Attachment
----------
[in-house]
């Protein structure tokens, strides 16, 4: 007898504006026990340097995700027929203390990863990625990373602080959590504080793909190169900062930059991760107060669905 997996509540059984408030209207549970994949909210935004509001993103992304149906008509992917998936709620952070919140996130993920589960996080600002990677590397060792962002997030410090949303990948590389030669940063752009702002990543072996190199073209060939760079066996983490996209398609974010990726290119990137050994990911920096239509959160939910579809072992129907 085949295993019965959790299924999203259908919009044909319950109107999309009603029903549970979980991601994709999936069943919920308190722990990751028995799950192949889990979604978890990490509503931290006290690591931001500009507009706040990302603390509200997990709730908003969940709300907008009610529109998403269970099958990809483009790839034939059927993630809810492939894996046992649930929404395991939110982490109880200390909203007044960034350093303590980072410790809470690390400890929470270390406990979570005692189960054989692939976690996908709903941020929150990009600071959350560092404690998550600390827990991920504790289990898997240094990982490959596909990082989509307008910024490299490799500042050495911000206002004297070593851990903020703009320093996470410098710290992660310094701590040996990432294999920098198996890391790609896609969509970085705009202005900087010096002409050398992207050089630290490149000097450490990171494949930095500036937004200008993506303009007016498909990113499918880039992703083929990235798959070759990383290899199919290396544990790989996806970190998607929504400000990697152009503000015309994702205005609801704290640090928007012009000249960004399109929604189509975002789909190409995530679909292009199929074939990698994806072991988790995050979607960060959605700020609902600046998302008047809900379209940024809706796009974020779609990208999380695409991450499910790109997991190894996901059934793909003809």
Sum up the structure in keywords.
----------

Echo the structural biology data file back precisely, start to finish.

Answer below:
[in-house]
């Protein structure tokens, strides 16, 4: 007898504006026990340097995700027929203390990863990625990373602080959590504080793909190169900062930059991760107060669905 997996509540059984408030209207549970994949909210935004509001993103992304149906008509992917998936709620952070919140996130993920589960996080600002990677590397060792962002997030410090949303990948590389030669940063752009702002990543072996190199073209060939760079066996983490996209398609974010990726290119990137050994990911920096239509959160939910579809072992129907 085949295993019965959790299924999203259908919009044909319950109107999309009603029903549970979980991601994709999936069943919920308190722990990751028995799950192949889990979604978890990490509503931290006290690591931001500009507009706040990302603390509200997990709730908003969940709300907008009610529109998403269970099958990809483009790839034939059927993630809810492939894996046992649930929404395991939110982490109880200390909203007044960034350093303590980072410790809470690390400890929470270390406990979570005692189960054989692939976690996908709903941020929150990009600071959350560092404690998550600390827990991920504790289990898997240094990982490959596909990082989509307008910024490299490799500042050495911000206002004297070593851990903020703009320093996470410098710290992660310094701590040996990432294999920098198996890391790609896609969509970085705009202005900087010096002409050398992207050089630290490149000097450490990171494949930095500036937004200008993506303009007016498909990113499918880039992703083929990235798959070759990383290899199919290396544990790989996806970190998607929504400000990697152009503000015309994702205005609801704290640090928007012009000249960004399109929604189509975002789909190409995530679909292009199929074939990698994806072991988790995050979607960060959605700020609902600046998302008047809900379209940024809706796009974020779609990208999380695409991450499910790109997991190894996901059934793909003809």
Sum up the structure in keywords.